Cordless angle grinders or portable oxyacetylene cutting torches in the hands of twenty or thirty peaceful non violent civilians working together could have the fence at Faslane down in a very short time.
Half a dozen peaceful protesters could use simple and safe techniques to close dozens of places that represent or administer Westminster’s  foreign policy in this country, places in Edinburgh like The Scotland office in Melville Street, Edinburgh Castle, Holyrood Palace, or in Glasgow there’s the Milton Street Passport Office, Brand Street UK Borders Agency office, then there is Dungavel Detention Centre and  Balmoral…
Simpler acts like utilising a slow and friendly procession around all the pedestrian traffic signals in the city centres would create a bit of time for reading banners and enabling discussion of Ms May and her government’s policies.  Remembering Thatcher And the Poll Tax, remembering the threats of Scotland being forced out of Europe if it chose independence,  remembering the Tory consideration given to jobs for the miners in the 1980’s, will Brexit and Trident  renewal indicate such disregard of Scotland’s elected representatives that non co-operation with the state becomes inevitable?
Cat Boyd and others have been talking about nonviolent direct action and making Scotland ungovernable for long enough.


On July 1st at 5pm, the Scottish Peace Network is holding a centenary event at the Dewar’s statue on Buchanan Street in Glasgow city centre to remember the disaster of the battle of the Somme.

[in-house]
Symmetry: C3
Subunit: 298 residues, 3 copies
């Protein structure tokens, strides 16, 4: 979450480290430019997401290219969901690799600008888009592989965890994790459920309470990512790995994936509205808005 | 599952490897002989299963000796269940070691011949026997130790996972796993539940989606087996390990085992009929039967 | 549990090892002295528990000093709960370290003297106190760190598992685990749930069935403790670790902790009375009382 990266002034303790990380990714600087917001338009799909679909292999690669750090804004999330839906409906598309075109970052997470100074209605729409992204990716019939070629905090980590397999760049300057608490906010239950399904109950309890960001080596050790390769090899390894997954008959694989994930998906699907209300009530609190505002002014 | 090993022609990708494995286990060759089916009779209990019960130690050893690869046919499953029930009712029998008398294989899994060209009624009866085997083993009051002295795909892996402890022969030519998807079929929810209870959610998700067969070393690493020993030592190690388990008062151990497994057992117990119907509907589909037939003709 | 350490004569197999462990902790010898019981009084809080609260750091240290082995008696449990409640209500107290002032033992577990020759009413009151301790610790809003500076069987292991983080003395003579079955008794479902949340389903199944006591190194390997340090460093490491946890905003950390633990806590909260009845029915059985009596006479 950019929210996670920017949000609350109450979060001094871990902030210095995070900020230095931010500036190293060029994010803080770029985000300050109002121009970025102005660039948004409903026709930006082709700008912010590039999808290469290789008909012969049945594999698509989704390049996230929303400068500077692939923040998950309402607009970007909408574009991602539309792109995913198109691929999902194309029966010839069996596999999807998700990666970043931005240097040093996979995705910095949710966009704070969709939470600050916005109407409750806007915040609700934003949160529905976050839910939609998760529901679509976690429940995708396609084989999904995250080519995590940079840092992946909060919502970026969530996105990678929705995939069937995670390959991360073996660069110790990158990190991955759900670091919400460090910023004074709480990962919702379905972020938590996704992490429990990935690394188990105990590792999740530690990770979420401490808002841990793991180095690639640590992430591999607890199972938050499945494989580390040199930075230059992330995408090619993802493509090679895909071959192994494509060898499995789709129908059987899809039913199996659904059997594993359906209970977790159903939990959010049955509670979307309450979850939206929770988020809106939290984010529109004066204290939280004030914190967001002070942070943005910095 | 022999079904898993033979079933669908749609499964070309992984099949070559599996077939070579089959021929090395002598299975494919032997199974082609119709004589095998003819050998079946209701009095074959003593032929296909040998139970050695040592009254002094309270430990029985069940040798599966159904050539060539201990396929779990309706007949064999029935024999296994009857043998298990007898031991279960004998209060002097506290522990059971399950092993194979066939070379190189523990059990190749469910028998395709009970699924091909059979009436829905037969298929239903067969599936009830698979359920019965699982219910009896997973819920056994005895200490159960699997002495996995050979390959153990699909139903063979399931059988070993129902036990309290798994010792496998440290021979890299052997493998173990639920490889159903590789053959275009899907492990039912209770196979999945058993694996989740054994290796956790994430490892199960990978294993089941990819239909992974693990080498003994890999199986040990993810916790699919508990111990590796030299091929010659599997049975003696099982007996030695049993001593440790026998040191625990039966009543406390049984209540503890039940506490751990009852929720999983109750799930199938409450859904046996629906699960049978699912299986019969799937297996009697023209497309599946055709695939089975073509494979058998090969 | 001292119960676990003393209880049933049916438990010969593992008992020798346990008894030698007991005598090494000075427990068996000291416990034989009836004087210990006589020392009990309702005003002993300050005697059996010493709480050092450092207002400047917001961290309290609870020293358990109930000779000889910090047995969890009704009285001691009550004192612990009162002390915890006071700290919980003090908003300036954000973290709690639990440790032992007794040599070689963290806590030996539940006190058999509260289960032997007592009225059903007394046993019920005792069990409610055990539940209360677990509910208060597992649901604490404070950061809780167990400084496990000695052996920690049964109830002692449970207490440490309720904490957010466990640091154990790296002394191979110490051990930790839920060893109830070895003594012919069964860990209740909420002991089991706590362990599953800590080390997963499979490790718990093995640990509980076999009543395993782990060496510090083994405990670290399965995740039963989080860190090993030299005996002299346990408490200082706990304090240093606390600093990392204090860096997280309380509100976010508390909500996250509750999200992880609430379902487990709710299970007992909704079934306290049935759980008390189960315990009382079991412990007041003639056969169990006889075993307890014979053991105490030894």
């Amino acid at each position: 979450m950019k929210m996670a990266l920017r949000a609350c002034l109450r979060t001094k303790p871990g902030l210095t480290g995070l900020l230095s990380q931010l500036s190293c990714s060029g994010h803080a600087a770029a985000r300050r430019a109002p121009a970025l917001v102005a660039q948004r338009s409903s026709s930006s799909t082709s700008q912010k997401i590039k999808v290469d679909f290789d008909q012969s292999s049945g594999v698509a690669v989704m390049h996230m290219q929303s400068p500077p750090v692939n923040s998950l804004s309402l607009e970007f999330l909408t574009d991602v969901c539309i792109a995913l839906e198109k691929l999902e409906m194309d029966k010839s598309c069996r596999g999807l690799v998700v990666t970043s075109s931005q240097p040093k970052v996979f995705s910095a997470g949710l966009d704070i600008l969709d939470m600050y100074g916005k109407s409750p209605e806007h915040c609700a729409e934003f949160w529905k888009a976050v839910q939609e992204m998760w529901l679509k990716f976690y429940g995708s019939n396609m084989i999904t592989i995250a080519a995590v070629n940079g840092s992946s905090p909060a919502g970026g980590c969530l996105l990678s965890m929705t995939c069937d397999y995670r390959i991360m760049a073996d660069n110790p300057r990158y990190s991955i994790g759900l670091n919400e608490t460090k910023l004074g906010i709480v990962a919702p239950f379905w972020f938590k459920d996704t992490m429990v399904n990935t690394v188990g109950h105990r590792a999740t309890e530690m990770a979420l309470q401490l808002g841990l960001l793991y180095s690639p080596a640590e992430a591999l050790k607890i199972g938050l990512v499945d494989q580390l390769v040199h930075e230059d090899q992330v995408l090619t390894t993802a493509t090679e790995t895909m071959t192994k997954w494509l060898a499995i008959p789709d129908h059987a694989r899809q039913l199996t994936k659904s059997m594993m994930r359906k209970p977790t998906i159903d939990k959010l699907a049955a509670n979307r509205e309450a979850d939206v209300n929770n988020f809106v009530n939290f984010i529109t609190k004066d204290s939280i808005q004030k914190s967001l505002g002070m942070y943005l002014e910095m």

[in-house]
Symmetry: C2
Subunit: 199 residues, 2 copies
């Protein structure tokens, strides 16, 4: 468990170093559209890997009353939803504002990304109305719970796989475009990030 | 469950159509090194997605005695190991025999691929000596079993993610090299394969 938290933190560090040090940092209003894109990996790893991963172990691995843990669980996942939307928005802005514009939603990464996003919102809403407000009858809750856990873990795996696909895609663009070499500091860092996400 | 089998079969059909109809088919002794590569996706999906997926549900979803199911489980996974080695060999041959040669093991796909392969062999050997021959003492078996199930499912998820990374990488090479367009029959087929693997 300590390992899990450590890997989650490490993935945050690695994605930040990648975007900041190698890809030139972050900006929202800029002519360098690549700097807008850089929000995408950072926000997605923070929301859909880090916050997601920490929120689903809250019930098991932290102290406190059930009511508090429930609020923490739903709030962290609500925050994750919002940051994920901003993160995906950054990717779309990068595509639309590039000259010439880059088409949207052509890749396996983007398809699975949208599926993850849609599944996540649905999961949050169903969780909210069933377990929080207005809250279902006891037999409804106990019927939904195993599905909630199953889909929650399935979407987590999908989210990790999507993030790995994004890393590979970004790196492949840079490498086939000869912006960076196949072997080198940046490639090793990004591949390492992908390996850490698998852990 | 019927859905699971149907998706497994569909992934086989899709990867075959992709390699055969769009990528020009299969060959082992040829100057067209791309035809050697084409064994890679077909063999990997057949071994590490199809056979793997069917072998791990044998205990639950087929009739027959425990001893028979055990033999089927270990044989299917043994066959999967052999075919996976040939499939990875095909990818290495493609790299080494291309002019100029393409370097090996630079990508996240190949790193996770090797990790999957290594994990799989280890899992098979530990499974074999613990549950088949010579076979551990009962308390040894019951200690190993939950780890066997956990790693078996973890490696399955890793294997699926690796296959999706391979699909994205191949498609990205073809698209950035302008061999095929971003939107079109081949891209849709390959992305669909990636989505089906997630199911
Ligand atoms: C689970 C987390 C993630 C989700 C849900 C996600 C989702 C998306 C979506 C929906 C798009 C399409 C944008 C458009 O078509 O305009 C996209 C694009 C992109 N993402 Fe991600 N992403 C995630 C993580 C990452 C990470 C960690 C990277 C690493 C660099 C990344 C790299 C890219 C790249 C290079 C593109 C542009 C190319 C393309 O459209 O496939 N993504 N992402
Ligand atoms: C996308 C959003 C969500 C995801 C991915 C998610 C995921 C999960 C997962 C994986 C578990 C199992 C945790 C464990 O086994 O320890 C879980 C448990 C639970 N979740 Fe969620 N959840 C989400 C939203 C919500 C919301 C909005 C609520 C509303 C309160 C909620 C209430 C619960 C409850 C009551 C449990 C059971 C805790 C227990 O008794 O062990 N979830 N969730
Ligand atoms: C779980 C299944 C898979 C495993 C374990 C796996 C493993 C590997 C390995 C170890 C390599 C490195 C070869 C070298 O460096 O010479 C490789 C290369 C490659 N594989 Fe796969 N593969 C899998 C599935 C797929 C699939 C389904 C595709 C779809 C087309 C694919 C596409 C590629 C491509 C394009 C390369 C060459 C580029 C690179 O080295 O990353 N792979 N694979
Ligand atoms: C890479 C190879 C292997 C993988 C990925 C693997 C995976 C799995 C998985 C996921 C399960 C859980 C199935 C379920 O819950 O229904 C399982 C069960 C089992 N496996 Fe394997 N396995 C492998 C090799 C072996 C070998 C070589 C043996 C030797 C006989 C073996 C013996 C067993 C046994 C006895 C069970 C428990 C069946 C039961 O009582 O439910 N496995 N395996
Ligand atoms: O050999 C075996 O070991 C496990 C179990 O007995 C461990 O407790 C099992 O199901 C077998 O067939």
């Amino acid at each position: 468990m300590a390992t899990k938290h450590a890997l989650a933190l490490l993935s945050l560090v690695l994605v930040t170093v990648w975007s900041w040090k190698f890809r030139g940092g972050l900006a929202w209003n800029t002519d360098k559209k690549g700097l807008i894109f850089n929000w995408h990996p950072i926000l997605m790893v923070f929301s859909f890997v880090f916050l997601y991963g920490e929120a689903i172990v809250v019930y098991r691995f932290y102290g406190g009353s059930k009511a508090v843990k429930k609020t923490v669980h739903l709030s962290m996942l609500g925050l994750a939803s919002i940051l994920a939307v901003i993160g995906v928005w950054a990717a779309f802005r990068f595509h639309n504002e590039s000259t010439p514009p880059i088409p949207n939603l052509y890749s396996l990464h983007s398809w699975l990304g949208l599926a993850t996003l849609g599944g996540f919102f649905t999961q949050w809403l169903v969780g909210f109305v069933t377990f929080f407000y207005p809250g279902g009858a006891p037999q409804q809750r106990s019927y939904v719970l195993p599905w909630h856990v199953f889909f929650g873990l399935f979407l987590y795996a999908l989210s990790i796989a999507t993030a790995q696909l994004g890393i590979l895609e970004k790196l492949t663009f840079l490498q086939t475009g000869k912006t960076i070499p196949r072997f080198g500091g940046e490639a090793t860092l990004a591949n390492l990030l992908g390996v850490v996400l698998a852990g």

The Somme was the bloodiest battle of World war I. More than one million soldiers were either killed or badly wounded. In the end, the battle changed little and the war continued to grind on for two more years.

In addition to words describing the historical context and a a time for everyone attending to reflect on on war and militarism, poems twill be. Read, and David Mackenzie has written this for the occasion.


How long have we been at the school of the Somme,

My very dearest?

One hundred years at the school of the Somme,

If only the truth be known.

And in those years, these long, long years,

Tell me, how has our knowledge grown?

By leaps and bounds, my earnest love,

With the screech of the guns and the tearing flesh

And the strips of men hung on the mesh

From Belfast, Ems and Bangladesh

And the long, long list of their names.


And what about learning, sweetest my love,

What treasures have we brought home?

Ah, darling my dear, strategic sense,

Not to marshal troops in ranks so dense

And order them onto a barbed wire fence

And a blade of humming steel,

But to stay well clear of the killing zone

And summon the targets by mobile phone

Then finish them off with a mindless drone

And so cherish our delicate hands.


But what about wisdom, heart of mine,

The wisdom that changes ways?

Ah, that is the gap in the course, my love,

Unfilled across the years

Wisdom, such as a child may know

That there are but two ways for the world to go

Mad Neighbourhood Watch and its whimpering end

Or to act in peace and carefully tend

The shoots of our bonds and love,

To know that war is the zero sum,

To stay unmoved by the flag and the drum

And care for all – from wherever they come,

In our little rowing boat.


The Scottish Peace network can be contacted here: http://www.scottishpeacenetwork.org.uk